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A little over three months since Texas’s “heartbeat” abortion ban came into effect, and reproductive justice activists are at the ready again as the Supreme Court hears arguments in Dobbs v. Jackson Women’s Health Organization. Indeed, grassroots protests have already sprung up in multiple cities, with many chants and placards engaging the most famous phrase of the abortion rights movement: “my body, my choice.”
But in a thoughtful essay from earlier this year, writer Abby Minor examines the limits of this language, arguing that it fails to capture a vision of collective bodily freedom. In “Beyond Choice,” Minor encourages us to stop applying individualist logic to pregnancy. “This reenacts mainstream white feminism’s most egregious error,” she writes, “the belief that liberalism, with its attendant concepts of privacy and choice, can simply be extended from the board room to the picking fields to the uterus.” Instead, we should not call solely for choice when it comes to our bodies, but equality. Only then can we move from reproductive rights to reproductive justice, and consider the distribution of resources, the social body and its obligations. Can we make that leap? Three books that Minor reviews already have, but the unlearning is difficult and deep.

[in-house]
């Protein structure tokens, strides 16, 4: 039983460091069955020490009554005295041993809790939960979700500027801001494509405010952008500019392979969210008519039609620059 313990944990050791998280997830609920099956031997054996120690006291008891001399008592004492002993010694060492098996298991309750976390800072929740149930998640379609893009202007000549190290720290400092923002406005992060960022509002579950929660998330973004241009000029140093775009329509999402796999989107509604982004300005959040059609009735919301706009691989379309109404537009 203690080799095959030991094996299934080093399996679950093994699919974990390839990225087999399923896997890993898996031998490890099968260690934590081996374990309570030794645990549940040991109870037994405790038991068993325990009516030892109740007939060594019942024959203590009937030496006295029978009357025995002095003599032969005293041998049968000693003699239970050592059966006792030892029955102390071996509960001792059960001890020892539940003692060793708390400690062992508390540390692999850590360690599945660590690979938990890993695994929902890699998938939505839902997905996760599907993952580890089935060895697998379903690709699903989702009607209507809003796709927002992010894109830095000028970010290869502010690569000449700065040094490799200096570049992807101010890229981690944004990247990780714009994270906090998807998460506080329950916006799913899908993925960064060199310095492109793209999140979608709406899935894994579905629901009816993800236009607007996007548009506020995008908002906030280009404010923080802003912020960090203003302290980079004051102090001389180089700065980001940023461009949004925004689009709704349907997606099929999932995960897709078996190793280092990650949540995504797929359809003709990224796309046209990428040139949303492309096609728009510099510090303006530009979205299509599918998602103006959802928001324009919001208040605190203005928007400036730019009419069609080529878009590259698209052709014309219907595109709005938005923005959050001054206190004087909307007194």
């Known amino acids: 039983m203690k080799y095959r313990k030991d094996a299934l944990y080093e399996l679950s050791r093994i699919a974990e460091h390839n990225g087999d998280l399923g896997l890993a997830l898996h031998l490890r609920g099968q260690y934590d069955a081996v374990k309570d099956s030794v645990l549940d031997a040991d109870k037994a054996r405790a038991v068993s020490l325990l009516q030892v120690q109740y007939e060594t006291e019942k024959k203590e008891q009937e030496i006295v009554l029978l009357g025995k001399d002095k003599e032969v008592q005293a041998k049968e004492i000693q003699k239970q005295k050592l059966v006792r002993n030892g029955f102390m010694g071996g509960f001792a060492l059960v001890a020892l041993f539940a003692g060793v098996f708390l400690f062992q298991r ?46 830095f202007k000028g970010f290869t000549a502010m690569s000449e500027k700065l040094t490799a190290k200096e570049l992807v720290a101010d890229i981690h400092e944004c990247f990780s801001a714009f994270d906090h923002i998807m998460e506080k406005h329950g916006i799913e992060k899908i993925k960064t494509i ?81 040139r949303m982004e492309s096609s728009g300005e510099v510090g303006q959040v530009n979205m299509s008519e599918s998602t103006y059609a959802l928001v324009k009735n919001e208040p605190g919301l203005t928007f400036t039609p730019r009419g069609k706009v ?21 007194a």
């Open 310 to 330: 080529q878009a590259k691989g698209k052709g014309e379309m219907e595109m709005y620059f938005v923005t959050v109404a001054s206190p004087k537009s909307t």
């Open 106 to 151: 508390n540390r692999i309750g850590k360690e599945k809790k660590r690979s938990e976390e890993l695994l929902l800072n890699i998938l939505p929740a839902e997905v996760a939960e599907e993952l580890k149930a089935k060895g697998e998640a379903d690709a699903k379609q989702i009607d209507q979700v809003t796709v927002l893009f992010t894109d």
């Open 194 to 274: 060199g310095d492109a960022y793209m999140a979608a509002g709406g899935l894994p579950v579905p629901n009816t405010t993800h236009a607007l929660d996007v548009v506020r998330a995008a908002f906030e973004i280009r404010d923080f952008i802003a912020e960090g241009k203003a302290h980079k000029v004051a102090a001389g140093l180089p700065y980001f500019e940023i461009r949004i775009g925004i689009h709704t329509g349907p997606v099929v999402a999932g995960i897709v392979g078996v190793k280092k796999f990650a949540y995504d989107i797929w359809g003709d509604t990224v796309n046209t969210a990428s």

A new essay from abortion provider and writer Christine Henneberg also challenges our focus on “choice.” “What do we mean by choice?” she asks. “Did my patient’s induced delivery at twenty-two weeks constitute an abortion (albeit one that many would call ‘acceptable’)? Or was it a tragedy, a ‘choice’ that was never hers to make?” Acknowledging the moral complexity of many cases, she nonetheless affirms a profound commitment to the women her practice serves and the decisions they make.
Alongside more recent essays on abortion during COVID-19, the archival pieces below reflect on abortion’s troubled past and increasingly uncertain future—dissecting the morality and the medicine, comparing the U.S. context to that of other countries and religions, and exposing its role in the broader politics of reproduction, gender, and inequality. Lastly, essays from Rachel Rebouché and Mary Ziegler consider the Supreme Court’s decision in last summer’s June Medical Services v. Russo, and whether fights over Roe v. Wade might give way to battles for reproductive justice and access.
In an archival 1996 essay, obstetrician Maureen Paul gives us a glimpse of what might be in store if it gets repealed. “Life before Roe. I was a teenager back then, pregnant and desperate,” she writes. “Too terrified to make the midnight trip to the back alley with a password and hundreds of dollars.” But it is also a story of resistance, Paul argues, and provides lessons for the fight that might await us—as well as pointing to Roe’s weaknesses, and where current pro-choice activists might be able to improve upon its legacy.
Roe v. Wade only guaranteed the right to patients’ privacy. A federal abortion law would need to go so much further.
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